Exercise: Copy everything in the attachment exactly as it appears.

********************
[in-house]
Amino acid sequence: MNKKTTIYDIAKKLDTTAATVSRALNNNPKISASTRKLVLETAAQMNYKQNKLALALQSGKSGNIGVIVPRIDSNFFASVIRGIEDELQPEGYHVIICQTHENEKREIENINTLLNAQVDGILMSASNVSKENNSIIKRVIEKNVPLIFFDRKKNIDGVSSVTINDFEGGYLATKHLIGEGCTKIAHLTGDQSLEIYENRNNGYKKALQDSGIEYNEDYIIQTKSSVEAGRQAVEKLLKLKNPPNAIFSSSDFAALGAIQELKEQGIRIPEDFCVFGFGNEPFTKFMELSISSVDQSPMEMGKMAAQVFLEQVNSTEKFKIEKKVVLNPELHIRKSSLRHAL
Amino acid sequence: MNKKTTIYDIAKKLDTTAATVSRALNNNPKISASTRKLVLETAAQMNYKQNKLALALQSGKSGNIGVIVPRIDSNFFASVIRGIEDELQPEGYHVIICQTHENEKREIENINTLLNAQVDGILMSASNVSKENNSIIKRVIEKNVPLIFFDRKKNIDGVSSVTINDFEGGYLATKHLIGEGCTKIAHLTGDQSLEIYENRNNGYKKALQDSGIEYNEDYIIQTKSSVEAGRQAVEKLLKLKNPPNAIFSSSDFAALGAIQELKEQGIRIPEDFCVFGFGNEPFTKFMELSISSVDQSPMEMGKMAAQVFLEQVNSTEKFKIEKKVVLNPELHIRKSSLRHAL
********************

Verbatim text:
[in-house]
Amino acid sequence: MNKKTTIYDIAKKLDTTAATVSRALNNNPKISASTRKLVLETAAQMNYKQNKLALALQSGKSGNIGVIVPRIDSNFFASVIRGIEDELQPEGYHVIICQTHENEKREIENINTLLNAQVDGILMSASNVSKENNSIIKRVIEKNVPLIFFDRKKNIDGVSSVTINDFEGGYLATKHLIGEGCTKIAHLTGDQSLEIYENRNNGYKKALQDSGIEYNEDYIIQTKSSVEAGRQAVEKLLKLKNPPNAIFSSSDFAALGAIQELKEQGIRIPEDFCVFGFGNEPFTKFMELSISSVDQSPMEMGKMAAQVFLEQVNSTEKFKIEKKVVLNPELHIRKSSLRHAL
Amino acid sequence: MNKKTTIYDIAKKLDTTAATVSRALNNNPKISASTRKLVLETAAQMNYKQNKLALALQSGKSGNIGVIVPRIDSNFFASVIRGIEDELQPEGYHVIICQTHENEKREIENINTLLNAQVDGILMSASNVSKENNSIIKRVIEKNVPLIFFDRKKNIDGVSSVTINDFEGGYLATKHLIGEGCTKIAHLTGDQSLEIYENRNNGYKKALQDSGIEYNEDYIIQTKSSVEAGRQAVEKLLKLKNPPNAIFSSSDFAALGAIQELKEQGIRIPEDFCVFGFGNEPFTKFMELSISSVDQSPMEMGKMAAQVFLEQVNSTEKFKIEKKVVLNPELHIRKSSLRHAL